“Period houses from the Victorian, Edwardian and Georgian eras are the most in demand, with space for a tennis court and [less frequently] paddocks,” says Christopher Dewe of Knight Frank estate agency.
In Streatley, a neatly manicured village 10 miles from Reading, a three-storey period house with conservatory and a half-acre garden is £1.85m through Strutt & Parker. In the nearby village of Goring, a three-year-old five-bedroom house with a staff annexe and 12 acres of land is £3m, through Davis Tate estate agency.
At Caversham, on the river Thames opposite Reading, a contemporary four-bedroom house of 4,000 sq ft with an acre of grounds is £1.6m through Hamptons. Local agents say these prices, although high, are 10 per cent below comparable properties further west in Oxfordshire, which is regarded as prettier, or further east on the fringes of Greater London.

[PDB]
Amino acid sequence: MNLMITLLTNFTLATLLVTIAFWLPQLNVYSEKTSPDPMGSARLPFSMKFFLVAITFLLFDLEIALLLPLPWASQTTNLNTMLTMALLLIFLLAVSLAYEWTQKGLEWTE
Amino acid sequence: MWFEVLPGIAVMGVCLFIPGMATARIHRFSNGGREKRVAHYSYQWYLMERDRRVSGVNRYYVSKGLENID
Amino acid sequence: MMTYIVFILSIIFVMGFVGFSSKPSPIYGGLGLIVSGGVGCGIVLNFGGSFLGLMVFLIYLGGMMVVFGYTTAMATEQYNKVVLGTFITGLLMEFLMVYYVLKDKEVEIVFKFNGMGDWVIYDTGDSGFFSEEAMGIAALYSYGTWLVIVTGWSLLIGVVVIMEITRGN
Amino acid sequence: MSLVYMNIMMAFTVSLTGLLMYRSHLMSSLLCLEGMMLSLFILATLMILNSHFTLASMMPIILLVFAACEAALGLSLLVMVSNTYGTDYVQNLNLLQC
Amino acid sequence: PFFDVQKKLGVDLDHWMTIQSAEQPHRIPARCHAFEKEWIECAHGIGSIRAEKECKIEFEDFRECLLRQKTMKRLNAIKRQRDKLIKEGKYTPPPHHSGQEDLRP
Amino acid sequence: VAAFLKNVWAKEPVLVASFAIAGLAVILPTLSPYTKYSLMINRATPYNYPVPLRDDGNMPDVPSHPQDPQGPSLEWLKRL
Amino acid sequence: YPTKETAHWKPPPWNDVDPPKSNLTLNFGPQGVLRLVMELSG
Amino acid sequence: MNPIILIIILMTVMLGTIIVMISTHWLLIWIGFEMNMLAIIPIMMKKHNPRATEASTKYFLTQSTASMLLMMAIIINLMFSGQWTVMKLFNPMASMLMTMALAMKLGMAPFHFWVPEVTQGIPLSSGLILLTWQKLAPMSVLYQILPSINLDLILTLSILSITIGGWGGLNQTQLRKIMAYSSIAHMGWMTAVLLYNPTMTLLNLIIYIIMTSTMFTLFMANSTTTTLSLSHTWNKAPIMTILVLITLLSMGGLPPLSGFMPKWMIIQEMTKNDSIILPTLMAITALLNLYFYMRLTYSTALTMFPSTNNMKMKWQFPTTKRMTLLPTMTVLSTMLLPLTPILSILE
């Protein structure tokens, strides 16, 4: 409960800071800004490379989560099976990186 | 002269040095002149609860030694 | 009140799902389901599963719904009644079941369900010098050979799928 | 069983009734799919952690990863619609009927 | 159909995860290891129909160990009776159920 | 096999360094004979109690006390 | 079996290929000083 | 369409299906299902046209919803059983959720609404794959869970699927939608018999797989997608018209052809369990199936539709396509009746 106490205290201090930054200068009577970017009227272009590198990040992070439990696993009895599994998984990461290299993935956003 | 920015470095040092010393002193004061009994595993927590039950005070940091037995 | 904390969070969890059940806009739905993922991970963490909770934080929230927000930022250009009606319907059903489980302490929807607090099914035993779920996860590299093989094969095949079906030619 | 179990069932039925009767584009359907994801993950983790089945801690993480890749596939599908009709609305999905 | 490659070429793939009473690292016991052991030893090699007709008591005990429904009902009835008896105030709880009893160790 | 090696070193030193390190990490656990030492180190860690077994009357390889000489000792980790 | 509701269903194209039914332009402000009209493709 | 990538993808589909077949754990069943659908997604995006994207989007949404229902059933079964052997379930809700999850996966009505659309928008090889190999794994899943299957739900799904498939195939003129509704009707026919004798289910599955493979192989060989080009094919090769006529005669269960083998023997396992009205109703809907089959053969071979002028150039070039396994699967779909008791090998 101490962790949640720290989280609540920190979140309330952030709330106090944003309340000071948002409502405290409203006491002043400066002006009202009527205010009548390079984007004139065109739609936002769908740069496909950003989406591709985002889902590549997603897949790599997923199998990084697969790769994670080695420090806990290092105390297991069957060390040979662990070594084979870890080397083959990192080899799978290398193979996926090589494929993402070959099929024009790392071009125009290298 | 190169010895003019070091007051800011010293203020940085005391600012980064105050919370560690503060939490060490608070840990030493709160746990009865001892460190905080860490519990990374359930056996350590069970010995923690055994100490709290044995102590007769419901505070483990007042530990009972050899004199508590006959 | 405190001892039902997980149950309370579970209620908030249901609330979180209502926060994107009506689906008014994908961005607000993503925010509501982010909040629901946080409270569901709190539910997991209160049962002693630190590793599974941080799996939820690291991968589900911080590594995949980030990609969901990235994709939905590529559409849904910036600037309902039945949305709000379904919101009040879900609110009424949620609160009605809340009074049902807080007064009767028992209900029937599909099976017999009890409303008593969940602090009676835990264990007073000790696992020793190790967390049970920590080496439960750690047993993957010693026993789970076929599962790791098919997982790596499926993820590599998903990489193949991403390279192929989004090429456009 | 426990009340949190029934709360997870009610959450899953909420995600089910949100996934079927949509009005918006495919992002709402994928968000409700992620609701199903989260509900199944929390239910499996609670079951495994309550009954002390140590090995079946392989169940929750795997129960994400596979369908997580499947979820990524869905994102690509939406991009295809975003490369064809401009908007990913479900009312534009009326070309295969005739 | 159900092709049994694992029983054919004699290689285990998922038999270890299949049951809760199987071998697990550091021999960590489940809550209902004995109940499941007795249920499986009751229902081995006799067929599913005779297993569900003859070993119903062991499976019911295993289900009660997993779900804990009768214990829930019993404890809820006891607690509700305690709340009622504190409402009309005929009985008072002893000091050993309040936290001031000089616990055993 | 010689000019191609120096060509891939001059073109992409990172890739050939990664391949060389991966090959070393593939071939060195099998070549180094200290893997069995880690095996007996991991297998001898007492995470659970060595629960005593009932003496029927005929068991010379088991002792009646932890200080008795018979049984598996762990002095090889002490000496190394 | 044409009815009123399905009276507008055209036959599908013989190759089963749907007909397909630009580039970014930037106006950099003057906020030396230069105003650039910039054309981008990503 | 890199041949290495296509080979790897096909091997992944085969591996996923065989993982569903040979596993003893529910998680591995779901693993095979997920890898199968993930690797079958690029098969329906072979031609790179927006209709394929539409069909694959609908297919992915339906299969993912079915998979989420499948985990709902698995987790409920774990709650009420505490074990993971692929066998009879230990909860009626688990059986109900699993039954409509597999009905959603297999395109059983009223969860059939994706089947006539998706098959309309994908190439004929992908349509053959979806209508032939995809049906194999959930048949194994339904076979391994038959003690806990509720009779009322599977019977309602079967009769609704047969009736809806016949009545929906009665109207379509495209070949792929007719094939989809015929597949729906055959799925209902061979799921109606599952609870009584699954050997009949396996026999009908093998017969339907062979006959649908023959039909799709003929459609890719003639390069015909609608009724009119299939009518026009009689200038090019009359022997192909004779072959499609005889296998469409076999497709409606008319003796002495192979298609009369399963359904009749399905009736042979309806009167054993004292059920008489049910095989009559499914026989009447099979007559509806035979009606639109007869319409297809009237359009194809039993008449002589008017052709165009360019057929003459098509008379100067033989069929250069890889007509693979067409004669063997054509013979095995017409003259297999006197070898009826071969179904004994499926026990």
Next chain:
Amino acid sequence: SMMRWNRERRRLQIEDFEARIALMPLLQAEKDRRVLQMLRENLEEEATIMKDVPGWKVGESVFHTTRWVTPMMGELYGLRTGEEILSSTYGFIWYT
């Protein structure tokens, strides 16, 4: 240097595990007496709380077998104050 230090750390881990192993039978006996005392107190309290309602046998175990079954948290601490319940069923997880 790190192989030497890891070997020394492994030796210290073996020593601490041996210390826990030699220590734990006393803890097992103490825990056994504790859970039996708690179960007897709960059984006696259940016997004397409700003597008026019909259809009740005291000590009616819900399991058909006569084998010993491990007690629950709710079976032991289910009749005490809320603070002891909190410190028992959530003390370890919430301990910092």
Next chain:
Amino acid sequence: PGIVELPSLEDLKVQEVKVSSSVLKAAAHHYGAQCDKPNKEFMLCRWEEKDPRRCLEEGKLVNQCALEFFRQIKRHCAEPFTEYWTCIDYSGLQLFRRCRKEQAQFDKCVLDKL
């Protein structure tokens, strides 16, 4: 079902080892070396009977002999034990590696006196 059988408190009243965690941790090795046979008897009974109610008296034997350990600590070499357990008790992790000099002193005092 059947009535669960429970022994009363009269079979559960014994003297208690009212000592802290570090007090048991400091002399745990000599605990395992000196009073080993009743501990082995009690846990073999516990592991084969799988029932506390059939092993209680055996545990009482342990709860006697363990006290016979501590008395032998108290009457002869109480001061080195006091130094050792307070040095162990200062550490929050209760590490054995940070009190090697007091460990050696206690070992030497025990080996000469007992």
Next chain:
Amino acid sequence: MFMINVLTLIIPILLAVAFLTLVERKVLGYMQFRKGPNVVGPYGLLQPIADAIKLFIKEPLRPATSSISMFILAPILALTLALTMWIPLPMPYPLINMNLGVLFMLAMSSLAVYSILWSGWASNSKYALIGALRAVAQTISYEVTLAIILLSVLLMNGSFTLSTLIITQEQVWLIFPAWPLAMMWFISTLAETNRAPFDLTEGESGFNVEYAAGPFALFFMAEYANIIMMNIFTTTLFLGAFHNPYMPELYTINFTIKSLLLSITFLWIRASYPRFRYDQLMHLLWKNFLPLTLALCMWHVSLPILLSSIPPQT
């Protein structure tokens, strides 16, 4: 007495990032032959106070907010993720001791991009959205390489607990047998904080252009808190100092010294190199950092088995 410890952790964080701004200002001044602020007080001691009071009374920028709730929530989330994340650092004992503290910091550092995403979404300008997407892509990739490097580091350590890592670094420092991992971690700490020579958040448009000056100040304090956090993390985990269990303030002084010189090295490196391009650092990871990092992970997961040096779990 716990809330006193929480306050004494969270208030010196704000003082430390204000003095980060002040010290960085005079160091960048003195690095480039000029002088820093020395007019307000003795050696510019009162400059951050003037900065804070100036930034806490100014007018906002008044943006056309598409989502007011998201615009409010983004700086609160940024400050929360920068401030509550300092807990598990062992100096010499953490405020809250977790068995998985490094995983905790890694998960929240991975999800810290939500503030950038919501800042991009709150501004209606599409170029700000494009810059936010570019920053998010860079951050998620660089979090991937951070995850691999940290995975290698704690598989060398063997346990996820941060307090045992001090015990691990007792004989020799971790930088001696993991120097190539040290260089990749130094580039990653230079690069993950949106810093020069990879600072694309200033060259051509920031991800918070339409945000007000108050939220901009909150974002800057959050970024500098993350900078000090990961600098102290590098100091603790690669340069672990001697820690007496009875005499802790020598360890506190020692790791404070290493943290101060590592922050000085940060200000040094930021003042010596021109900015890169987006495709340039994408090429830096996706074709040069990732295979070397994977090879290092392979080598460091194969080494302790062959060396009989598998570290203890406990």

Nonetheless, the affluence of these villages and their proximity to big employment centres means their infrastructures remain strong, despite the wider economic downturn. The redundant Post Offices, closed corner shops and infrequent rural bus and rail services seen outside southeast England have not blighted these Berkshire communities.
“Families want to live in towns and villages where there are good local amenities such as boutique shops, butchers, bakers and restaurants,” says Alex Barton of Strutt & Parker.
An even bigger draw to some incomers is the proliferation of good schools. Popular examples near Reading include Wellington, Queen Anne’s Caversham, St Andrew’s, Moulsford and the Oratory Prep. These high-achieving institutions, and easy access to the capital, are beginning to attract international buyers to the area.
“There aren’t the international enclaves of Surrey,” says Bobby Hall of the Buying Solution, the relocation arm of Knight Frank. Even so, he says his clients in 2012 included a South African family who paid £4m for a nine-bedroom house with a staff apartment, five acres of grounds and leisure facilities. Other agents report buyers from the Middle East, Russia, Greece, France and Germany.